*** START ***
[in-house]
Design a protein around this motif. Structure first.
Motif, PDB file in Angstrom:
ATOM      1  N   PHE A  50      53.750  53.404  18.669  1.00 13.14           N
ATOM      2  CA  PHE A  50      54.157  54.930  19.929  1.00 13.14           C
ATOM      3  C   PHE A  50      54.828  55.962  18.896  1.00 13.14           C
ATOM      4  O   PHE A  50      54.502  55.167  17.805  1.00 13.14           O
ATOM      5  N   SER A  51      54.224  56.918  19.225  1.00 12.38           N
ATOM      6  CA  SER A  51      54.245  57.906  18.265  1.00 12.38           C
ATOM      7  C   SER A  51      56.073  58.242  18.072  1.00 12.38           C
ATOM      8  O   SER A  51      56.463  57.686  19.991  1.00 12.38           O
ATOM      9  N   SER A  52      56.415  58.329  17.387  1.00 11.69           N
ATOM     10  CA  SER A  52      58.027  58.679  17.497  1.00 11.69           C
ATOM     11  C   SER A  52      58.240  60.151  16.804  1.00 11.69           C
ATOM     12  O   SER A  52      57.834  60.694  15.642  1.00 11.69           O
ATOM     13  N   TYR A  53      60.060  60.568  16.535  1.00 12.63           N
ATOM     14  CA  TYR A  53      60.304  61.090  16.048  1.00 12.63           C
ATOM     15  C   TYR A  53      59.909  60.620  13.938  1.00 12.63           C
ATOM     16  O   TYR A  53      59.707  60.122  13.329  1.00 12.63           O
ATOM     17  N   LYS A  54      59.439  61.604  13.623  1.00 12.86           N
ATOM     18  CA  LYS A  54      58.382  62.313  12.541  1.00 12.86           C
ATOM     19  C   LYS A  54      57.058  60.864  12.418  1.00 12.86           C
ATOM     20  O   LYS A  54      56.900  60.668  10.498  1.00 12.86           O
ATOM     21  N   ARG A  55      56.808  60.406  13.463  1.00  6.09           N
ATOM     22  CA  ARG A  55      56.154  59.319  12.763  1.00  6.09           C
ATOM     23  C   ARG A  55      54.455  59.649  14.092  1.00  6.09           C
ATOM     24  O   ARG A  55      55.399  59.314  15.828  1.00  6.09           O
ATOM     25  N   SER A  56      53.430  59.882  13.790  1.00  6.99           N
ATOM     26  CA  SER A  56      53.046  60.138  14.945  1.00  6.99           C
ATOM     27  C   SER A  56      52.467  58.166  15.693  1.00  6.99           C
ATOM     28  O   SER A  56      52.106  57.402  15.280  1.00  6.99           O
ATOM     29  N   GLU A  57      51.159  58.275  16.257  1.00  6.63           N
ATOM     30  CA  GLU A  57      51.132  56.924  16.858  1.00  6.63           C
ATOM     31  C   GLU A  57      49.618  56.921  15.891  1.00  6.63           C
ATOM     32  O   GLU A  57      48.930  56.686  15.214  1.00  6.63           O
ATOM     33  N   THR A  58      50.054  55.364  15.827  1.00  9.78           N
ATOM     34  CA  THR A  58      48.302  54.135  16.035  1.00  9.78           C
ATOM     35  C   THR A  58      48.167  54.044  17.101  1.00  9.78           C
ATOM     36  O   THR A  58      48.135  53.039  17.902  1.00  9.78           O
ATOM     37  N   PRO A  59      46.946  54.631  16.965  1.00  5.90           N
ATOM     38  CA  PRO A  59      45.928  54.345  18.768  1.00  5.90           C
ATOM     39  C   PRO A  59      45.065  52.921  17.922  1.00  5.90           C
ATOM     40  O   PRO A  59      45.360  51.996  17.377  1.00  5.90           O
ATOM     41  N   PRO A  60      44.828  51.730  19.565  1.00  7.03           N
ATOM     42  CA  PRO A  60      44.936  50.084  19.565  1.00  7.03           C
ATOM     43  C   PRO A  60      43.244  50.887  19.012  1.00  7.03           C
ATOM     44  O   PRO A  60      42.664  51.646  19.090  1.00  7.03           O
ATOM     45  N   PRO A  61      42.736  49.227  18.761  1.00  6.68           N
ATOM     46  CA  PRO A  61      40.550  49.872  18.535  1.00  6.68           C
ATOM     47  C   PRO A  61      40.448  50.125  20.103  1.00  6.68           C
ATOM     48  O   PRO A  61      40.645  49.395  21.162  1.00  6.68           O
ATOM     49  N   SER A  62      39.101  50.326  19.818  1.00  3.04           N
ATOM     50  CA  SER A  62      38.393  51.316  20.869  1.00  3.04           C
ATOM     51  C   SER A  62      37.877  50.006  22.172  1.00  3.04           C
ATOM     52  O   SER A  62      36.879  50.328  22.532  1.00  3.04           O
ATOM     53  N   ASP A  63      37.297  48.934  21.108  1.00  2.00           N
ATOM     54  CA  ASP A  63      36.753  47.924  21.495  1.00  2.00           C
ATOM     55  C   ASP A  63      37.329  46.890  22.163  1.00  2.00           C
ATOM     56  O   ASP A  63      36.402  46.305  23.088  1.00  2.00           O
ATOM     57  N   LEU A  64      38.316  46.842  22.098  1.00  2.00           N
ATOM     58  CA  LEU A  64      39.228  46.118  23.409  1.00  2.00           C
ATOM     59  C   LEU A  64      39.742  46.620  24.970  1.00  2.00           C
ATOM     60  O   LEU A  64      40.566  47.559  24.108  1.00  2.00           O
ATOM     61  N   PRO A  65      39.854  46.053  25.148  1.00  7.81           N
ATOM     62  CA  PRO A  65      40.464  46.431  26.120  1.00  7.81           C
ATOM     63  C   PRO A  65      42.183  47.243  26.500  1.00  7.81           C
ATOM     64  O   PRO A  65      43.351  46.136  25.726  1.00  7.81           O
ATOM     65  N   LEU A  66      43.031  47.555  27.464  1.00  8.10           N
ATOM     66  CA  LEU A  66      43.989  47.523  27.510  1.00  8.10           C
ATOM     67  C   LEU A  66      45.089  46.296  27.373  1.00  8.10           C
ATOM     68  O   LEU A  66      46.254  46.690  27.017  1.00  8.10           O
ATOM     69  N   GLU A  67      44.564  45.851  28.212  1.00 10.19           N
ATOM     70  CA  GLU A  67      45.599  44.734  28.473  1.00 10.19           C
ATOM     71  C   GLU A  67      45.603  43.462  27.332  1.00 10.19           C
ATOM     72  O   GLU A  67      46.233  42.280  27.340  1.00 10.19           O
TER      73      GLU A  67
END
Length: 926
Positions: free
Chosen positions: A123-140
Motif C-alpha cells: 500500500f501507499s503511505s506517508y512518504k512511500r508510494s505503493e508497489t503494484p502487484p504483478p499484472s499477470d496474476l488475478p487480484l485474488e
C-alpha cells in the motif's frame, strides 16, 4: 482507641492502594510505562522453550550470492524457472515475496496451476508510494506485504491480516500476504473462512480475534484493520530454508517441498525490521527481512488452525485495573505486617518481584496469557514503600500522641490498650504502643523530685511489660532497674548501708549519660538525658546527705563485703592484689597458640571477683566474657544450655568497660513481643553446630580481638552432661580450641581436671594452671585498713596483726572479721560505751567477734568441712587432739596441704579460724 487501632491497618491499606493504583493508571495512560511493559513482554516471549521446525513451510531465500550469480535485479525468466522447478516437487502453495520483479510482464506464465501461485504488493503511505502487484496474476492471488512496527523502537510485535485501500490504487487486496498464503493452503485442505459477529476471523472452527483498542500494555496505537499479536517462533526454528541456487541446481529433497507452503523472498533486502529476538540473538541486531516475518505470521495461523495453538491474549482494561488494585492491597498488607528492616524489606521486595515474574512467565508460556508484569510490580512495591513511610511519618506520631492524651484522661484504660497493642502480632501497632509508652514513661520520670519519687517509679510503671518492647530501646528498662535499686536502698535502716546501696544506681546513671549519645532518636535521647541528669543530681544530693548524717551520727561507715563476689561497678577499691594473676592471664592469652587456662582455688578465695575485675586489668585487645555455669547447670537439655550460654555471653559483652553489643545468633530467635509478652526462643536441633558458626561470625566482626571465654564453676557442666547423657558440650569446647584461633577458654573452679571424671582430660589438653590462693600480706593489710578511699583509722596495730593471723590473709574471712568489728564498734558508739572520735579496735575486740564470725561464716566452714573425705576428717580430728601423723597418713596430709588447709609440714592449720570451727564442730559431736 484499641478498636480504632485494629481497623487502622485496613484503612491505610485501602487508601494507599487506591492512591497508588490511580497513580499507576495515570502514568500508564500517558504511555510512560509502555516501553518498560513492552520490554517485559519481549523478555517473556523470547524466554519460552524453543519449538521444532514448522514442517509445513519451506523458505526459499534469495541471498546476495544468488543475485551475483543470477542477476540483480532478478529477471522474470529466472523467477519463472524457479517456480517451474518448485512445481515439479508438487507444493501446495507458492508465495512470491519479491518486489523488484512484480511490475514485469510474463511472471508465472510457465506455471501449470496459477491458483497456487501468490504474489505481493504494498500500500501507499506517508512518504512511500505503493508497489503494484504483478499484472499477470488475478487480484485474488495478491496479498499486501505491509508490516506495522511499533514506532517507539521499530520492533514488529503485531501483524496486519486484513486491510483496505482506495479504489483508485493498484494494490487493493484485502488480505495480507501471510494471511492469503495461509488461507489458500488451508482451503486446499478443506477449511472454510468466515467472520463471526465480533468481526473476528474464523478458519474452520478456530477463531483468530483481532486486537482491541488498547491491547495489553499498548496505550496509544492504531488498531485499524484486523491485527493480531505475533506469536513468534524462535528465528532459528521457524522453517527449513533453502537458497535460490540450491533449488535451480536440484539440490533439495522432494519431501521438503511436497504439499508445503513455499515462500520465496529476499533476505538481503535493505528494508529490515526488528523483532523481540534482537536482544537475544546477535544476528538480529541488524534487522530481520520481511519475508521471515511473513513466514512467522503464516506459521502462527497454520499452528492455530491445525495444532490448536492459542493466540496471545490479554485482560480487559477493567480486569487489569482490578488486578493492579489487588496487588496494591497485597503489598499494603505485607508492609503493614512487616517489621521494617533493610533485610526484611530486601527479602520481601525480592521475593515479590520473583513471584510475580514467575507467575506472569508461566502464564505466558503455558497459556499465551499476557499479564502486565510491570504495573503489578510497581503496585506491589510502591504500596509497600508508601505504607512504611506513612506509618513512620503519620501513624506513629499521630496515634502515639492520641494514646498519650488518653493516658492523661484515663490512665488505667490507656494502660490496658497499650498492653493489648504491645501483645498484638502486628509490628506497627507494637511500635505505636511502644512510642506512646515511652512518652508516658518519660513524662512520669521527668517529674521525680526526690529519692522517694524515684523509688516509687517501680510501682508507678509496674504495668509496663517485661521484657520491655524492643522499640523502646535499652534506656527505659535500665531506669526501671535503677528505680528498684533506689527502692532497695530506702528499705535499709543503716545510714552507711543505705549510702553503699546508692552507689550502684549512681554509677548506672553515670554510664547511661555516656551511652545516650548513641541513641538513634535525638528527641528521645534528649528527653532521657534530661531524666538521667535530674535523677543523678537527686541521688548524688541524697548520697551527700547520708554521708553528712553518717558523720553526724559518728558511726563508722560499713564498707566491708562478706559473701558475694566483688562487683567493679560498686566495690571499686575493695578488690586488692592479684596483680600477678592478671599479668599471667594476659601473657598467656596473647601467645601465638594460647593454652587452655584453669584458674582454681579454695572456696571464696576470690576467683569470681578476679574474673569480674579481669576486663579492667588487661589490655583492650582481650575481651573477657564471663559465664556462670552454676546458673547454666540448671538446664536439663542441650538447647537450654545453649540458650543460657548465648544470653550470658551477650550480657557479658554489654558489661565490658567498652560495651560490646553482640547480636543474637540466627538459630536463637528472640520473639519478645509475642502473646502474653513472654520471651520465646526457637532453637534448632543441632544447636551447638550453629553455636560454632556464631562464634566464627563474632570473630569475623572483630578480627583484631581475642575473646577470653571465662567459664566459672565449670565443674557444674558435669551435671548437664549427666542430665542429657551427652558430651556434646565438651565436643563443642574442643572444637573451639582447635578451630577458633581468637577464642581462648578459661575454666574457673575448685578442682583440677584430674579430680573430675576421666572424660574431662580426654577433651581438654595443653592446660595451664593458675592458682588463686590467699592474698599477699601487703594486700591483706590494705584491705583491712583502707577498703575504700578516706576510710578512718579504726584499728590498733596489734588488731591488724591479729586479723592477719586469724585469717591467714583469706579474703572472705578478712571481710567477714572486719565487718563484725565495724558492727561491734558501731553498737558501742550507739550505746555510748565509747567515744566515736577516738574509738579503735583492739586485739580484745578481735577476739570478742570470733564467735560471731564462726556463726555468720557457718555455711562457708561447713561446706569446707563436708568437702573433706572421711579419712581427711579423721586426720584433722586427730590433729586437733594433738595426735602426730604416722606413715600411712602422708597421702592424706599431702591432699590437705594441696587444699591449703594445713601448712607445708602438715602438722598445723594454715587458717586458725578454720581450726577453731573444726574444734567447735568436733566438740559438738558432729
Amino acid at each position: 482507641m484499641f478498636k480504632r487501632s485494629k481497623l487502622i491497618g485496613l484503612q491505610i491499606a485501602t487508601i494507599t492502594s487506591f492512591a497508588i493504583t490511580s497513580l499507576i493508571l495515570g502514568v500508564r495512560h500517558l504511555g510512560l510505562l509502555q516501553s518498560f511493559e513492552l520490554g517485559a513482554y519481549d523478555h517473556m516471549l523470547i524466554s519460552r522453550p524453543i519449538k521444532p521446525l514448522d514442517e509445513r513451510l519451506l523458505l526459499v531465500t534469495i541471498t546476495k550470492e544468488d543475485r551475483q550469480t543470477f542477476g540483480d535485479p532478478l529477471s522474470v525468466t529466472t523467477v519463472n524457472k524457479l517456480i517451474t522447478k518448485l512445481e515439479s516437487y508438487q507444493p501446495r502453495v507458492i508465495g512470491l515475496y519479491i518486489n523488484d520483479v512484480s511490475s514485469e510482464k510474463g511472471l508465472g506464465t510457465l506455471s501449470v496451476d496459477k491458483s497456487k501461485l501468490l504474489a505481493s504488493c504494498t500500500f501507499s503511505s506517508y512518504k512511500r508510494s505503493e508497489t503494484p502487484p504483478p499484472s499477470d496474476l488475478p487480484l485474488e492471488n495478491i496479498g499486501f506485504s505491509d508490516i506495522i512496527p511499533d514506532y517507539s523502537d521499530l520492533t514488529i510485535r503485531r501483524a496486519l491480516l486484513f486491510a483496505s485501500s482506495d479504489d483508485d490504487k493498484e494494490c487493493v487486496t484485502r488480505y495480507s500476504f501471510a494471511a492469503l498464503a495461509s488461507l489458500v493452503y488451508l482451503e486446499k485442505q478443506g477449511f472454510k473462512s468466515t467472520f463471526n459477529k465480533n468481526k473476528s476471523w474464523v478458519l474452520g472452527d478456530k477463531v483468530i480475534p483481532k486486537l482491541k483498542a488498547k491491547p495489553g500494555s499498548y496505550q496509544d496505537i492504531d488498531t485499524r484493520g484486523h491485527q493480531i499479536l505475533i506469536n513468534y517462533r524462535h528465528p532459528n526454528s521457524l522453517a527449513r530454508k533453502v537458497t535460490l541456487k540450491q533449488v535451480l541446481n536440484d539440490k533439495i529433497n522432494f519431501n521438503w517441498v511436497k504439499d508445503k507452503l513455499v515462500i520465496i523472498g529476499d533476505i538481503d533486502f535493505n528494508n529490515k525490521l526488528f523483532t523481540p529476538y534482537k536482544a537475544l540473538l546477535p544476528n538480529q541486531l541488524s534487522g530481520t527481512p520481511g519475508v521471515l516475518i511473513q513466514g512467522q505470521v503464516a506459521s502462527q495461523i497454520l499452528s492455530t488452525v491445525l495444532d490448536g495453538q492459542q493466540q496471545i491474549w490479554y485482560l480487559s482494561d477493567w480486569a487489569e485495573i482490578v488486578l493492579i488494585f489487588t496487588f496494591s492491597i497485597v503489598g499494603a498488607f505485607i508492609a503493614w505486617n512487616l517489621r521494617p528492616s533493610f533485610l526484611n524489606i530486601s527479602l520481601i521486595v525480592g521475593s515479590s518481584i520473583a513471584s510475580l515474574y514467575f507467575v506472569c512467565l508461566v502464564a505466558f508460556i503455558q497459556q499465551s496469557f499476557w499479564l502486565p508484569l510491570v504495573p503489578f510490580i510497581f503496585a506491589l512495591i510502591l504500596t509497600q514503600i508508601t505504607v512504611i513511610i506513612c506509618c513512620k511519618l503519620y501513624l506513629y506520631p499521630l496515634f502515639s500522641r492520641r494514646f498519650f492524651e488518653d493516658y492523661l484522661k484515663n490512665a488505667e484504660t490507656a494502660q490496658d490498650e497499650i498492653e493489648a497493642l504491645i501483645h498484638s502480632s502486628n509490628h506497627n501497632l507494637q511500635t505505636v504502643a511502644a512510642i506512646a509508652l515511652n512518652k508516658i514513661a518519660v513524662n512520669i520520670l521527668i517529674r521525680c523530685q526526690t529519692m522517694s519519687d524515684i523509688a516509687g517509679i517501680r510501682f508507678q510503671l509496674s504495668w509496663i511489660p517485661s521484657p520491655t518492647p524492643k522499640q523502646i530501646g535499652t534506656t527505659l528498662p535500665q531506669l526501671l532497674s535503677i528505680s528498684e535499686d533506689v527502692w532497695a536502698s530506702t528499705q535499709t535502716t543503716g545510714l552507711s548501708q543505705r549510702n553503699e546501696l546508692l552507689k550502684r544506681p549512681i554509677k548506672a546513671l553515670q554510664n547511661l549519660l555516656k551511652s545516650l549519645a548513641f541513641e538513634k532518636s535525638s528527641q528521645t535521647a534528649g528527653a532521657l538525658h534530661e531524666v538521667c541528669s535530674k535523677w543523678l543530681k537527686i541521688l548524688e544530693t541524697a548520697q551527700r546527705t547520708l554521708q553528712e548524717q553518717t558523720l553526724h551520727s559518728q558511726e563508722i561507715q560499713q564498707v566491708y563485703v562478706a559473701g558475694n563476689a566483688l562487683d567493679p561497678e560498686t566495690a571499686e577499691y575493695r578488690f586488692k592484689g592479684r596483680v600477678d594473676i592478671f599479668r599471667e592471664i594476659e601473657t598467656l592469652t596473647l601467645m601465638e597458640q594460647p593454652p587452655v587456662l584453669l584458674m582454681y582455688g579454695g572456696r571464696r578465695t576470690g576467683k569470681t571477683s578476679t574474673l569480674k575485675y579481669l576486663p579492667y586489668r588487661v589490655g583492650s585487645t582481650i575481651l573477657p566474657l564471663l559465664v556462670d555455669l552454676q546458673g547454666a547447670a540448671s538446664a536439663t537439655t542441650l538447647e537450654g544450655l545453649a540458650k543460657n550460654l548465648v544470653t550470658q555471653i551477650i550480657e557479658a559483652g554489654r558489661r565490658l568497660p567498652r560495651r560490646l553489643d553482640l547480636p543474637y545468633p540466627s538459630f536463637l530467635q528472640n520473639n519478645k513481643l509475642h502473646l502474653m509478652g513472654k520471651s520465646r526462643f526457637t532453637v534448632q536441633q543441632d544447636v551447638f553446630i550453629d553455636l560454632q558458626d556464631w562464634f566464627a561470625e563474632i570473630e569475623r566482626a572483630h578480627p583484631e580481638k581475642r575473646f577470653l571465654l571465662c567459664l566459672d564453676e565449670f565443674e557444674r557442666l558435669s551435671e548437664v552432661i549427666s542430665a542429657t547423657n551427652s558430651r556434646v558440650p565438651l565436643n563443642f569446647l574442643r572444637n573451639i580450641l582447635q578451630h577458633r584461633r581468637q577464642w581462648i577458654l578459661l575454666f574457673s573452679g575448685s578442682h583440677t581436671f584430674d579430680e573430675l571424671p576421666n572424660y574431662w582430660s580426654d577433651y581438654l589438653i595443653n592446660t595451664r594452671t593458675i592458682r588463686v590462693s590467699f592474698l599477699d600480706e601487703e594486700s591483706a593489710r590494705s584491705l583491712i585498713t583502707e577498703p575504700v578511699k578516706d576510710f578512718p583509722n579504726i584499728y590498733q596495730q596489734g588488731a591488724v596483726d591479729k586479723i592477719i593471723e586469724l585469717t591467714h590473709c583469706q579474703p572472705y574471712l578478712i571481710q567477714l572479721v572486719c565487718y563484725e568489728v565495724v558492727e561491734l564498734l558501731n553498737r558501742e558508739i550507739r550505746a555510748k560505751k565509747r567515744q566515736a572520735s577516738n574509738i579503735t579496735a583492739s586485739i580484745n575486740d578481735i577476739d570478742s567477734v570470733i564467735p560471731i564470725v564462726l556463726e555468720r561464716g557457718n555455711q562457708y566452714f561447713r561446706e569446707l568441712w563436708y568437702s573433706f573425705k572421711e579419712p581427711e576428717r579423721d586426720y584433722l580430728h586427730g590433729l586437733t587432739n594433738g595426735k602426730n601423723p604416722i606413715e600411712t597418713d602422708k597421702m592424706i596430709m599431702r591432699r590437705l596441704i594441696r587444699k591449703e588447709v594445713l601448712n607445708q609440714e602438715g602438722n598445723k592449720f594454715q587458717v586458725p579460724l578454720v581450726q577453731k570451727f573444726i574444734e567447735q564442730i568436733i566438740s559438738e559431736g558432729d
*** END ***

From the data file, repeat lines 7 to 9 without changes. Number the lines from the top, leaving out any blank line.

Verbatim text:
ATOM      4  O   PHE A  50      54.502  55.167  17.805  1.00 13.14           O
ATOM      5  N   SER A  51      54.224  56.918  19.225  1.00 12.38           N
ATOM      6  CA  SER A  51      54.245  57.906  18.265  1.00 12.38           C